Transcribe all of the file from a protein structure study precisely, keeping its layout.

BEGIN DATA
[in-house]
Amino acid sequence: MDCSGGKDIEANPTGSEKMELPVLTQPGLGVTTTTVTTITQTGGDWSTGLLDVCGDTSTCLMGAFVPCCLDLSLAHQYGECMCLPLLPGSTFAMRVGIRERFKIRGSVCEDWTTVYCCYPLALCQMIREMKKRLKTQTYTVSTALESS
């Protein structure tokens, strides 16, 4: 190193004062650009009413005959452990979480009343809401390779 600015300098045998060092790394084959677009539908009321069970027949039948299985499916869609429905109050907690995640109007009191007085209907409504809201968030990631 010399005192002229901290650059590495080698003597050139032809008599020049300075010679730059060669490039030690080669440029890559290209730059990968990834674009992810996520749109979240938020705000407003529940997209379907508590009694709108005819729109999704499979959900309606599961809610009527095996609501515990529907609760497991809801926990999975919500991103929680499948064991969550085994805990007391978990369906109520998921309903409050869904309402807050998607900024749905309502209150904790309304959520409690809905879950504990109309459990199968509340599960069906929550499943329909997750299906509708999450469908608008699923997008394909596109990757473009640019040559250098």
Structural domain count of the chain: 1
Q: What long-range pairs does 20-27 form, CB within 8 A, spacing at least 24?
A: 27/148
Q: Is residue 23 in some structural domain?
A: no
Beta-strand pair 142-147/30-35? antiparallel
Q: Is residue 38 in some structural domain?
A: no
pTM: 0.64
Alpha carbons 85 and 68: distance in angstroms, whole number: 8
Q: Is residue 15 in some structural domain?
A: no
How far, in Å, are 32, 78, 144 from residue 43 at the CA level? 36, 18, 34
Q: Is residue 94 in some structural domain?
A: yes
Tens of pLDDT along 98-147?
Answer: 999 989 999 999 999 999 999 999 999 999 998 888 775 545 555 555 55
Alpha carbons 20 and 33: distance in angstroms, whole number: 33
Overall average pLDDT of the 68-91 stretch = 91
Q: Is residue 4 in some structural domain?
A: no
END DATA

[in-house]
Amino acid sequence: MDCSGGKDIEANPTGSEKMELPVLTQPGLGVTTTTVTTITQTGGDWSTGLLDVCGDTSTCLMGAFVPCCLDLSLAHQYGECMCLPLLPGSTFAMRVGIRERFKIRGSVCEDWTTVYCCYPLALCQMIREMKKRLKTQTYTVSTALESS
């Protein structure tokens, strides 16, 4: 190193004062650009009413005959452990979480009343809401390779 600015300098045998060092790394084959677009539908009321069970027949039948299985499916869609429905109050907690995640109007009191007085209907409504809201968030990631 010399005192002229901290650059590495080698003597050139032809008599020049300075010679730059060669490039030690080669440029890559290209730059990968990834674009992810996520749109979240938020705000407003529940997209379907508590009694709108005819729109999704499979959900309606599961809610009527095996609501515990529907609760497991809801926990999975919500991103929680499948064991969550085994805990007391978990369906109520998921309903409050869904309402807050998607900024749905309502209150904790309304959520409690809905879950504990109309459990199968509340599960069906929550499943329909997750299906509708999450469908608008699923997008394909596109990757473009640019040559250098």
Structural domain count of the chain: 1
Q: What long-range pairs does 20-27 form, CB within 8 A, spacing at least 24?
A: 27/148
Q: Is residue 23 in some structural domain?
A: no
Beta-strand pair 142-147/30-35? antiparallel
Q: Is residue 38 in some structural domain?
A: no
pTM: 0.64
Alpha carbons 85 and 68: distance in angstroms, whole number: 8
Q: Is residue 15 in some structural domain?
A: no
How far, in Å, are 32, 78, 144 from residue 43 at the CA level? 36, 18, 34
Q: Is residue 94 in some structural domain?
A: yes
Tens of pLDDT along 98-147?
Answer: 999 989 999 999 999 999 999 999 999 999 998 888 775 545 555 555 55
Alpha carbons 20 and 33: distance in angstroms, whole number: 33
Overall average pLDDT of the 68-91 stretch = 91
Q: Is residue 4 in some structural domain?
A: no